Questions to ask about Oliver Twist

In ENGL 458 this coming week, we’ll be working together on generating a good thesis for a first paper.

We’ll begin on Monday by looking at some draft thesis statements you’ll have produced and shared with your classmates in Google Drive.

As you draft a thesis statement, here are some things to keep in mind:

  • Your statement should have a “They say/I say” structure.
  • “They say” should come before “I say.”
  • You should be able to identify whether the form of your thesis is “Disagree, with reasons,” “Agree, but with a difference,” or “Agree and disagree” (aka, “Okay, but…”).
  • You should be able to explain why a reader should care about your thesis.
  • You shouldn’t try to draft your thesis statement without consulting the templates in Graff and Birkenstein.
  • Your “they say” can be a position taken in a source we’ve discussed in class, a position taken by an individual or group in the class, a hypothetical position, or a position you yourself took before changing your mind.
  • If your “they say” is a hypothetical position, it should also be a plausible one, not a “straw man” (i.e., a position that no one would likely hold in reality).

In addition, here are some questions you might ask yourself about Oliver Twist. They’re intended merely to get you thinking. Don’t approach them as questions with right or wrong answers, and whatever you do, don’t frame your thesis as an answer to one of them! Instead, frame your thesis as an “I say” to a real or possible “They say.”

  • How would you characterize the moral “stance” or “outlook” of the implied author? What adjectives best describe the moral qualities he wants you to believe are his?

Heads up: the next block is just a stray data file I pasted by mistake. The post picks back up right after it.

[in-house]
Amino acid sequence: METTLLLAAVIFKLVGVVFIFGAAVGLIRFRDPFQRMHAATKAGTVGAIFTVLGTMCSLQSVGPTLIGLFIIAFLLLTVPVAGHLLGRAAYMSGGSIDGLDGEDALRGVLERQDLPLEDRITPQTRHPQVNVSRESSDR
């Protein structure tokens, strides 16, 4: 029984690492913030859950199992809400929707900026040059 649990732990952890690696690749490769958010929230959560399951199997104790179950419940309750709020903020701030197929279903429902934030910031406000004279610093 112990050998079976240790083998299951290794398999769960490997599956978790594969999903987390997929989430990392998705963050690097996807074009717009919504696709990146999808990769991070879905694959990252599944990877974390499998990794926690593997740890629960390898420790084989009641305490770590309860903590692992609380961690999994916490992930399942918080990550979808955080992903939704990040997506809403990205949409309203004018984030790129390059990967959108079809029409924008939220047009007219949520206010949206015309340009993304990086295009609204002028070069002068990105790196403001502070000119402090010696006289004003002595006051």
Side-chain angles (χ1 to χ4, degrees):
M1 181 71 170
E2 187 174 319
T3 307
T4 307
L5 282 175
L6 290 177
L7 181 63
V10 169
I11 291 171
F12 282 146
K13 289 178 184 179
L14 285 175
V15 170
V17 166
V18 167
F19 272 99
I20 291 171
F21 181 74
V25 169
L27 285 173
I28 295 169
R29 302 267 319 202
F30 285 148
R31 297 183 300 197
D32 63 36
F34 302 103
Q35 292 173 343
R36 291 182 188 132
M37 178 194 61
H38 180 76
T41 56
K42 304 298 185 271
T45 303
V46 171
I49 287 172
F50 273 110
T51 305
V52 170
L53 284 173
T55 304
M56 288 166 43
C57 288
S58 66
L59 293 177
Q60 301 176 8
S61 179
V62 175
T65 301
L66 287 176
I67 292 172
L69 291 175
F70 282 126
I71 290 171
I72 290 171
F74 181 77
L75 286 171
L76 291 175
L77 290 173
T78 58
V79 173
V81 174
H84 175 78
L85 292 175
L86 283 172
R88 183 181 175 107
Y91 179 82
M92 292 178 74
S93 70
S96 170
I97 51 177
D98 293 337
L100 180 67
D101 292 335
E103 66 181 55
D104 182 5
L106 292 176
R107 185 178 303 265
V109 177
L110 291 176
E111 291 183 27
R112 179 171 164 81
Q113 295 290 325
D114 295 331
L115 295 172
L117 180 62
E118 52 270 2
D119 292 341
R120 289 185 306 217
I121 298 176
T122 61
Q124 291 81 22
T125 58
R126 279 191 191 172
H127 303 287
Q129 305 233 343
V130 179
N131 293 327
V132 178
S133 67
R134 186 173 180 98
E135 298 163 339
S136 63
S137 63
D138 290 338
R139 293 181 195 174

• How would you characterize the implied reader of the novel? What adjectives best describe the kind of person that the narrator seems to want you to believe you are?
  • How does the narrator attempt to appeal to/persuade that reader? Is there more than one way? If so, how do they differ?
  • What role do the implied author and reader play in the novel’s strategy or strategies of persuasion?
  • What is the implied author’s view of particular questions that bear on moral judgment, such as the relationship between individual character and circumstance?
  • Is it possible to think of the implied author himself as “entering a conversation” that his readers will recognize as important? If so, what has the implied author said (directly or by implication) about why his readers should care about Oliver’s story? What is the “They say” to which the narrative of Oliver is an “I say”?
  • Are there any conflicts or inconsistencies in the implied author’s moral stance or his “I say”?
  • How would you characterize the implied genre of the work? (Examples might be comic novel, social satire, realistic novel, allegory.) Are there any conflicts or inconsistencies in the book’s self-presentation? If so, do these affect the consistency or inconsistency of the implied author’s moral stance or outlook? Do they affect how we understand and respond to Oliver’s story?

Finally, remember that Robert L. Patten’s discussion of Oliver Twist‘s historical context (especially its publication history) is full of interesting and important information that can jump start your thinking.

Leave a Reply

Your email address will not be published. Required fields are marked *